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“Don’t board the flight if you think New Zealand have an extra edge in the finals.”

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In his pre-departure press conferences, Virat Kohli always sounds stern and gung-ho, like a general addressing a large public gathering before embarking on a conquest that his army is certain to emerge victorious.

He uses a lot of rhetoric too, like for instance, he says: “Don’t board the flight if you think New Zealand have an extra edge in the finals.”

It was addressed to the media, but it sounded more like what he would be telling his men in the dressing room, as they embark on a four-month trip to England that features the World Test Championship final and five Test matches against England.

He then asserts with a streak of familiar, natural defiance: “We’re going to board that flight knowing that we’re at equal terms with New Zealand.”

It’s the way he likes to build up for a series or tour, he repeatedly emphasises the winning mentality of his side, the prowess of his teammates, of not getting pressured and downplays the advantage his opponents might wield over them.

New Zealand, having played two Test matches before the World Test Championship final and having hammered India at their backyard last year, would perceptibly have an upper hand over India before the big game, vis-a-vis more familiarity with the conditions. On the other hand, India would go in with barely five practice sessions and no warm-up games, after their 10-day quarantine.

But Kohli doesn’t perceive this as a decisive disadvantage: “In the past we’ve landed three days prior to the schedule and had a great tour. Conditions are as potent for New Zealand as they are for us. Conditions in Australia should’ve favoured them too. It’s about how you look at things. It’s all in the head,” he stresses.

Not quite in the head though, as the physical conditions too would be no less arduous, from adjusting to the weather and light to the ways and whims of the Dukes ball. India are notoriously slow-starters too—they grow on as the series progresses. But Kohli reminds: “It’s not the first time we’re touring England. We have been there and played there.”

The nucleus of his team from the 2018 tour is largely intact, while some of the newbies like fast bowler Mohammed Siraj have toured England with the ‘A’ side.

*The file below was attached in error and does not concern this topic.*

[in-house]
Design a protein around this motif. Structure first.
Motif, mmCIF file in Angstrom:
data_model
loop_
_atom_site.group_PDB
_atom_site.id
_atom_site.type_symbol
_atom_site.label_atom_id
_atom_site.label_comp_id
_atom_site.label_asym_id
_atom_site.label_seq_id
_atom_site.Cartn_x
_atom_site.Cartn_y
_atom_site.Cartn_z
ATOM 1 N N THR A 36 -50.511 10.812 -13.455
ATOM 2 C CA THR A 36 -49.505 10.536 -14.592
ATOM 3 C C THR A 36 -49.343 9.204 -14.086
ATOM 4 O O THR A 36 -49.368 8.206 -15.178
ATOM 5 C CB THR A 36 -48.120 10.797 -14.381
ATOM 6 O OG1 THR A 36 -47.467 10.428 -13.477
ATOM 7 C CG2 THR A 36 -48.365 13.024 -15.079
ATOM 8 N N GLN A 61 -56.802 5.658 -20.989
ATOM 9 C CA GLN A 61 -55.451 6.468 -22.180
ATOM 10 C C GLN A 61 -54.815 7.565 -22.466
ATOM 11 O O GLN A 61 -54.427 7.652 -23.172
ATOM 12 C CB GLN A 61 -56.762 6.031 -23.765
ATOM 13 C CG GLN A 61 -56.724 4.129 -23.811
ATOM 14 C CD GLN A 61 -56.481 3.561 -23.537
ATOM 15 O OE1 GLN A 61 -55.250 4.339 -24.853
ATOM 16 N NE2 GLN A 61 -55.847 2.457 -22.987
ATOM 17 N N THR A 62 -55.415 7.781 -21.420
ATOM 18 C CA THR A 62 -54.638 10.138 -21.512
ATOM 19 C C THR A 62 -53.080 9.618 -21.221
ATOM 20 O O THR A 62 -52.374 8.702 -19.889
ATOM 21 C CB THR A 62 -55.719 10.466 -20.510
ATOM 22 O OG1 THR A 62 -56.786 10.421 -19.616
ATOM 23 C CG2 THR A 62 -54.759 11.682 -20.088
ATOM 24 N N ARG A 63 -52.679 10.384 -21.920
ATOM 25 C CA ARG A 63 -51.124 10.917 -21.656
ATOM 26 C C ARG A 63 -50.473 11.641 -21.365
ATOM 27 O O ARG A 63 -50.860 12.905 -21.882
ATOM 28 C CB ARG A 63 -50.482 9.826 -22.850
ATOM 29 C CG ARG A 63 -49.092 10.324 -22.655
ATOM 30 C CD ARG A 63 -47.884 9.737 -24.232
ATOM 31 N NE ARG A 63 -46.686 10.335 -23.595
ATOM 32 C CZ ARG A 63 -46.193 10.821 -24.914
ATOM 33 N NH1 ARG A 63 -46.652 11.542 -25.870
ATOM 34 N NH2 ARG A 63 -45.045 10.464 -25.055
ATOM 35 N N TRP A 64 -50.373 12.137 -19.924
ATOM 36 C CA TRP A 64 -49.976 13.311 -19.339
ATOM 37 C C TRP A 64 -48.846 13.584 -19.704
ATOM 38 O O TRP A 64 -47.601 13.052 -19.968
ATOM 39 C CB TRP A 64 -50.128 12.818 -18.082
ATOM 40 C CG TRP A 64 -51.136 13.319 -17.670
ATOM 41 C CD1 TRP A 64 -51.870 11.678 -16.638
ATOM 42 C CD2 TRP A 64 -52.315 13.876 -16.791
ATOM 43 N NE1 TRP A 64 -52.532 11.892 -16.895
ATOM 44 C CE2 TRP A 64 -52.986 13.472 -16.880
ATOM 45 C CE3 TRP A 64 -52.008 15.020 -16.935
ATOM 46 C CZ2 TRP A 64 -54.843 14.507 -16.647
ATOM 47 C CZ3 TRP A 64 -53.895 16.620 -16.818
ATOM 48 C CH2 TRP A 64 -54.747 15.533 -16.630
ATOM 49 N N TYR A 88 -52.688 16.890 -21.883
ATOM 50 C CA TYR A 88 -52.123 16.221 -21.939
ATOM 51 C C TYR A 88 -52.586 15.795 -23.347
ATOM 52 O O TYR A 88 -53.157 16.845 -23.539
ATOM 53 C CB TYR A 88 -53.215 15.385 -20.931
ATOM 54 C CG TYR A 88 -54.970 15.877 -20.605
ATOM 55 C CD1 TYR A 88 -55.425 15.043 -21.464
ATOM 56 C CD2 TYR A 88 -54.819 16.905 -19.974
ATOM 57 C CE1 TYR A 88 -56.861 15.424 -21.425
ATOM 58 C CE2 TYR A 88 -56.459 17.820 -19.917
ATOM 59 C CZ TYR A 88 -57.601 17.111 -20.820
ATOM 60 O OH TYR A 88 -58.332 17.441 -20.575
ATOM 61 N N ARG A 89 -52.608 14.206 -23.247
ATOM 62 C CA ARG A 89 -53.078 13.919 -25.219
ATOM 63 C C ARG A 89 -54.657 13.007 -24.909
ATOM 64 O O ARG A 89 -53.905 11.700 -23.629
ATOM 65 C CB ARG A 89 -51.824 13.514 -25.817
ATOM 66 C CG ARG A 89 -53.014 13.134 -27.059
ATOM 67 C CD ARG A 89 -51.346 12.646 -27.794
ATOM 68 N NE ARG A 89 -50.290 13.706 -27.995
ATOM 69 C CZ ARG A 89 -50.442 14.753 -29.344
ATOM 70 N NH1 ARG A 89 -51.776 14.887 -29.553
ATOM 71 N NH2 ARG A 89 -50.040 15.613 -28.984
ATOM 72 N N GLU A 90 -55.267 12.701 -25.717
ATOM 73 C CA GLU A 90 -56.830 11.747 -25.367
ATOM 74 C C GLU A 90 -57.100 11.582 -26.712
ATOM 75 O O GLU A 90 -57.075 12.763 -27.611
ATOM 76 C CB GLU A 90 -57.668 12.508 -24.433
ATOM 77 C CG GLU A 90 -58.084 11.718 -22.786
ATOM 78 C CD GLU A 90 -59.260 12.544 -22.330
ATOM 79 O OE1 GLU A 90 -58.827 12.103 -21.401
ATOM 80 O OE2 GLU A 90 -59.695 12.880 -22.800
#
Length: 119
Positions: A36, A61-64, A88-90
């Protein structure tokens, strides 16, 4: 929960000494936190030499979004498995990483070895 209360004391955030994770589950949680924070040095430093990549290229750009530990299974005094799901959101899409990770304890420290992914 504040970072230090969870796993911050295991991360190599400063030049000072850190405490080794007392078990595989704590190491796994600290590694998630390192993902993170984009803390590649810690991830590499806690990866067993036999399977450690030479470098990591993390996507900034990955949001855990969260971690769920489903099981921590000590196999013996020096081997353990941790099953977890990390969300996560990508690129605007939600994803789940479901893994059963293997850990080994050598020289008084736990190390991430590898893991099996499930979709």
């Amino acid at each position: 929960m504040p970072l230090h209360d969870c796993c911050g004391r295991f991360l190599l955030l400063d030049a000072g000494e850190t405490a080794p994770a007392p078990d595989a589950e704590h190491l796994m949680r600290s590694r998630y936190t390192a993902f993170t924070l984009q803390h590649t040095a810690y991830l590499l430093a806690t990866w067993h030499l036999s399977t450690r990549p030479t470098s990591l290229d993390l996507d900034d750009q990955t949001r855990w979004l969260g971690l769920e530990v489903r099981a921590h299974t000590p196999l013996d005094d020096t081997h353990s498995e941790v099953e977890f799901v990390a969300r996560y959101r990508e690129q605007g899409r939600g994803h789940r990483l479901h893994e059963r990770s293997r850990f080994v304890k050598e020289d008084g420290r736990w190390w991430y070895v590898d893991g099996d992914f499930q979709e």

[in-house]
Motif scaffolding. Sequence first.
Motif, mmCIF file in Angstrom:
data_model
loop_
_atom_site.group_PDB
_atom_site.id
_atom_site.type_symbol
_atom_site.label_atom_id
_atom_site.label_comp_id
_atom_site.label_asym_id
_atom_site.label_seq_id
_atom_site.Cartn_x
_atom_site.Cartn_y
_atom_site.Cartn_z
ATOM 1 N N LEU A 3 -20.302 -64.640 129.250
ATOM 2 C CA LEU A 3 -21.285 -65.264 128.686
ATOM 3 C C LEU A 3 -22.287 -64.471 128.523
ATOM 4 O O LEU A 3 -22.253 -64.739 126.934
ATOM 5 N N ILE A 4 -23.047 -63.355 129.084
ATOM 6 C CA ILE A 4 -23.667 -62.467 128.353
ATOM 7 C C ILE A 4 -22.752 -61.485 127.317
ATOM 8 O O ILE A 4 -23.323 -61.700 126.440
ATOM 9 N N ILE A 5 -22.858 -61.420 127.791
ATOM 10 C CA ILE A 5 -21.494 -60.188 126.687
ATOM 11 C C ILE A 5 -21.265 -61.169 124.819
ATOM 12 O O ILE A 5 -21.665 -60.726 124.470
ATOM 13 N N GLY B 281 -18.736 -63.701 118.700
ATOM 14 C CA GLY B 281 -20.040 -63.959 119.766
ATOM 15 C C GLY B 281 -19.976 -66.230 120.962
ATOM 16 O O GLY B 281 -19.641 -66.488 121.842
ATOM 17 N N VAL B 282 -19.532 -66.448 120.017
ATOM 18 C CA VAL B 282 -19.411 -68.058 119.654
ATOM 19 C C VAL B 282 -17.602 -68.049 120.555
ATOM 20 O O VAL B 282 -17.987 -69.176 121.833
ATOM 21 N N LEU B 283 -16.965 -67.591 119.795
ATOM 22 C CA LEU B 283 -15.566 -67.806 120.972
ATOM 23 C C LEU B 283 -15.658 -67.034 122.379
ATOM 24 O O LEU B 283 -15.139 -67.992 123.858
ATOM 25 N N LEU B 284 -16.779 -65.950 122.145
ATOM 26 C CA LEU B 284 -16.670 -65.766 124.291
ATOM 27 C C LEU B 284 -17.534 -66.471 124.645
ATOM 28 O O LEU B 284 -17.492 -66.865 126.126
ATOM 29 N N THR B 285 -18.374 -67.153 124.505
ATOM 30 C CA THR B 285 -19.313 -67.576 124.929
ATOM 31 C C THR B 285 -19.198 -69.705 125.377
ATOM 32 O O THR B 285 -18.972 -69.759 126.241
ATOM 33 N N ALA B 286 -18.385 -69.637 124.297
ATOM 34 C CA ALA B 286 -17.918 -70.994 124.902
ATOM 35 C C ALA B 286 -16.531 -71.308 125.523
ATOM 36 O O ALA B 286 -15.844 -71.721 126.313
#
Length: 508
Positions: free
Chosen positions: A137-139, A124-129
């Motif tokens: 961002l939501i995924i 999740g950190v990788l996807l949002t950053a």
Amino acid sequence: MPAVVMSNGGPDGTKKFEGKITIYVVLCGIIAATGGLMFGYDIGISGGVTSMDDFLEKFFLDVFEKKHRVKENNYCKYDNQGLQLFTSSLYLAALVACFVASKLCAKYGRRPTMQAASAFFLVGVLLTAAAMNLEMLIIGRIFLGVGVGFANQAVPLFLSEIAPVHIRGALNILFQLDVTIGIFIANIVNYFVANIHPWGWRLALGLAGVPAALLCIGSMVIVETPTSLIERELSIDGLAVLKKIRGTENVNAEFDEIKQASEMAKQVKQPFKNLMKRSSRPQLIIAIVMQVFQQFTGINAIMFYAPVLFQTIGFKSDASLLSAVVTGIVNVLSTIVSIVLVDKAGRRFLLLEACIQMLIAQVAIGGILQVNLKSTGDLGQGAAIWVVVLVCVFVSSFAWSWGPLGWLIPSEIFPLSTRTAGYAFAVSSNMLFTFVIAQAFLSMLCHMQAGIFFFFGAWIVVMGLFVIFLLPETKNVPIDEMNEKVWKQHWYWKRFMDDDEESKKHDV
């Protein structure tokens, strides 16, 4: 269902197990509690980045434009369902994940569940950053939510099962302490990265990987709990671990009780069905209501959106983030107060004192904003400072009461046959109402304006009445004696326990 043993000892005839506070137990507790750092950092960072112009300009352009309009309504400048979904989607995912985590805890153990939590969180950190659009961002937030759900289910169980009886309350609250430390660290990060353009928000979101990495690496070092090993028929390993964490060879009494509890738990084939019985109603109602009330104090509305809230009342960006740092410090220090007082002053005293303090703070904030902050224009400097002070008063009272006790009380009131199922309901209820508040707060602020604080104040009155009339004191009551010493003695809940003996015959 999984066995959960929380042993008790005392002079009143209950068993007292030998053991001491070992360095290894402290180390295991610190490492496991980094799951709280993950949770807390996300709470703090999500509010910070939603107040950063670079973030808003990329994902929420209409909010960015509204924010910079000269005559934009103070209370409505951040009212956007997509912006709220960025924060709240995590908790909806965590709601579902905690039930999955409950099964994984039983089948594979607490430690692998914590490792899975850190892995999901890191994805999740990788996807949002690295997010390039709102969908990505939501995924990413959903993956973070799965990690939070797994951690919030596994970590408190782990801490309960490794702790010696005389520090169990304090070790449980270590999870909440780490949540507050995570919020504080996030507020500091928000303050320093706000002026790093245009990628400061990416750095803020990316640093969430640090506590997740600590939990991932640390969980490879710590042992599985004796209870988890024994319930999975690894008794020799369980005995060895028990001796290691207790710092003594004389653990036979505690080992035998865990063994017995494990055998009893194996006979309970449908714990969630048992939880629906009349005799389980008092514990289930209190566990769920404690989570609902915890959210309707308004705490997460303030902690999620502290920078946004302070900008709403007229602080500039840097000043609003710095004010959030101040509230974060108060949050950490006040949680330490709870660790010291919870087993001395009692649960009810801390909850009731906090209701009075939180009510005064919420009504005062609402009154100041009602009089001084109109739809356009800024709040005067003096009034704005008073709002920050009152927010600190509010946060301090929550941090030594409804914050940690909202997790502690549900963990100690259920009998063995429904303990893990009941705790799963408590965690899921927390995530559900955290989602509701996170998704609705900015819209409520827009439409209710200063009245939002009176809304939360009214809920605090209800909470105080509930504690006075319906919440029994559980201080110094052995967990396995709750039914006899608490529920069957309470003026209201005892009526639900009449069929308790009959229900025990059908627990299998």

He adds: “Even if you are used to the conditions, if you don’t enter the field in the right frame of mind, you are going to nick that first ball or you are going to find it tough to pick wickets. All that matters is that we have the required hunger and desire.” Another two words that Kohli spills around a lot.

Nonetheless, the English summer dawns with era-defining possibilities for him. An elusive first ICC trophy shimmers, as is a rare series win in England in what would be his third trip for a full-fledged series. There is a broad consensus that there isn’t any riper time than this for his team’s quest to become the best in their country’s history, the irresistible narrative being if not now, perhaps never.

Both Kohli and coach Ravi Shastri emphasised the magnitude of the summit clash: “It’s the biggest and toughest of events. It’s one heck of an event,” says Shastri, who asserts that in the future, ideally, the final should be a three-match affair rather than a one-match shootout. “This is like an accumulation of hard work for all of us,” says Kohli.

Pressure, in such a setting, is inevitable. Not for Kohli, whose previous tilts at ICC trophies as captain have all been futile. “There was no pressure on me previously and nor is there any sort of pressure on me now. I just want to take Indian cricket forward,” he stresses.

He tells his teammates to enjoy the moment: “It’s time to enjoy ourselves having put in the hard yards for the last five-six-seven years. Our point of view is a lot different than those (from) outside. If we think like them, we cannot perform.” “We” and “them”, “inside” and “outside”, so Kohli-like a narrative.

As enormous an achievement winning the final would be, Kohli stopped short of calling the WTC clash a “final frontier”. “I don’t think that there is any frontier for us. If we have made the WTC championship, we absolutely want to win it and then move on to the next one: restructure, plan and then again be the top side in the world. I have stopped looking at series as ultimate tasks or goals,” he says.

He struck a footballing analogy, as has been his mood in the last two weeks. “It’s like in football, if you win one Champions League, you don’t stop, you just want to keep winning. We have that kind of players, who want to keep winning,” emphasises Virat Kohli.

This is an Indian team unlike any other in the past, endowed with arguably the finest ever bowling firm in their history and with a steeliness to match their skill. As exhibited in Australia, the team has a sparkling go-gettism that has seen them through tough times and laid many a path to victory. Copping blows, biting bullets, hanging onto the last branch of a tree on the edge of the cliff, they are a team that hates to give up. The captain’s mood before the press conference only mirrors that spirit. India is all gung-ho and buoyant as they board the flight to England on a potentially era-defining summer.

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